Double sigh. I need a moment to gather my thoughts and be as precise with my words as possible, so I’m just going to take a quick break. In the meantime, feel free to enjoy this:

Put this one on the mantle next to the "Great Cat-Crap Analogy"! (IJS #24)

Okay. Now, Rog – can I call you Rog? – I want you to know that I love ya. And the only reason I’m not making you stand in the corner is because you’ve at least been an opponent of the Spider-Marriage ever since it happened. Well, that and I already have Quesada in one corner, Brevoort in another,  Mark Waid in another still, and I’m saving one for where I hang out with the Game Boy and the bullwhip. And the only reason you’re not sitting in the monkey cage with Steve Wacker for your apparent, implicit support of the most inorganic, un-Marvel method possible to revert Peter Parker to a version more to your liking, is solely because of your work on CAPTAIN AMERICA.

But…to say Peter Parker married the wrong woman? I could spend several paragraphs in detailed rebuttal to a notion so absurd, but I’m just going to save the space and offer this instead:

Seems pretty cut and dry to me. Perhaps a second opinion – Batman?

Nothing further, Your Honor.

And speaking of changes that I don’t quite understand, it seems that in the span of just a few years we’ve gone from…


…and we are coming to a stop here:

Hm. Looks awfully familiar…s’probably just me.

In any case, it looks like with SUPERMAN: SECRET ORIGIN, Geoff and Gary Frank are going to be bringing us another “re-telling of Clark Kent growing up and becoming Superman.”

I’d have more to say about this but for one thing, I’m not sure if I should be annoyed or confused or what. I will say this much: for the past ten years or so, we have seen a trend wherein comic book creators have developed a level of appreciation amongst fans, through consistently good work and gripping storytelling, wherein the popularity of writers and artists have come to rival, and in some cases surpass that of the characters they work on.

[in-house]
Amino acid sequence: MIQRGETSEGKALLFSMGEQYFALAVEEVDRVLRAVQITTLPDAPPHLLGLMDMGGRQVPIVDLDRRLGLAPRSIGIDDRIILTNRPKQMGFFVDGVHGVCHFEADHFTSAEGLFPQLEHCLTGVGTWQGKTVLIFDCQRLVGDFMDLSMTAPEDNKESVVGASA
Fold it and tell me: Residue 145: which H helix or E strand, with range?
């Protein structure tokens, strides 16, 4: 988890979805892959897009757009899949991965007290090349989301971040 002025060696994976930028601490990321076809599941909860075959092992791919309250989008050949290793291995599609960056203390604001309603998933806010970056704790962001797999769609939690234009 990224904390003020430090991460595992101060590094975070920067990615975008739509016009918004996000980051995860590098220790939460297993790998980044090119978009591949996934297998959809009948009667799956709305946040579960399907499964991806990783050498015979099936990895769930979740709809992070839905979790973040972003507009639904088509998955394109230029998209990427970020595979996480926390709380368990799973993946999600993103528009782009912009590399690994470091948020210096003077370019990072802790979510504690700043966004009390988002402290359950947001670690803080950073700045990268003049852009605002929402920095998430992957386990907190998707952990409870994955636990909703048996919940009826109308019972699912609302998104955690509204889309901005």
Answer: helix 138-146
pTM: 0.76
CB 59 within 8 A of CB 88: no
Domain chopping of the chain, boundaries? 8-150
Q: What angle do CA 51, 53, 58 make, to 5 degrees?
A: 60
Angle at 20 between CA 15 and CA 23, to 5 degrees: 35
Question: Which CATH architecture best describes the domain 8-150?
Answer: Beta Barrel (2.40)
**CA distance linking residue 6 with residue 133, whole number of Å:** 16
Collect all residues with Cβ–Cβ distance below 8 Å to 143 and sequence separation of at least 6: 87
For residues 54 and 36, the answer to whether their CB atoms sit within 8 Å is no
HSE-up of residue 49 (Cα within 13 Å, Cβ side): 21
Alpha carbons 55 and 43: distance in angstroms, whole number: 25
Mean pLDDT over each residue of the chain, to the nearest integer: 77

That makes what I’m seeing all the more ironic, because I am starting to get the sense that some of these creators have become so high – let’s give them the benefit of the doubt and say unconsciously – on their own popularity, that they are using their own laurels to influence the characters they work on in ways that – once again, giving the benefit of the doubt – go against the grain of those selfsame characters. And the more that goes against the grain, the more that takes the readers out of the story. And the more that happens, the more inconsistencies the readers notice. And the more that happens, more astute of them start to catch onto the creators’ tricks. Case in point one such message board poster who goes by “Omar Karindu.” In these remarks regarding FANTASTIC FOUR #559, He manages to articulate his distaste for Mark Millar’s handling of Marvel’s First Family that leaves me struck dumb with equal parts admiration and envy:

It happens to practically every writer after awhile…Grant Morrison is currently at DC writing two variants of his usual tale of the totalitarian forces of anti-imagination (Darkseid, a wicked psychiatrist who pumps out imitations of Batman and his foes) being set up to lose to icons of 1950s and 1960s pop freestyling moonlighting as avatars of the glorious liberating power of wacky fiction (the 60s Flash and the Japanese meta-kids in FINAL CRISIS, Batman using all his hallucinatory Jack Schiff adventures as an escape hatch of the mind in BATMAN R.I.P.). And Bendis has been continuing his program of giving us monthly takes on popular movie genres (modern crime thriller, Bruckheimer blockbuster, 50s B-Movie) peppered with indie-comedy dialogue.

I’m starting to wonder if we’re not going to see the pendulum swing very soon, and the integrity of the character will take priority once again over the whims of the creator. Or perhaps some strange sort of synthesis of the two will emerge in the next age, in true Hegelian form. Right now, it’s anybody’s guess…

…especially these days, when it feels like just about anything is possible.

Just sayin’, is all.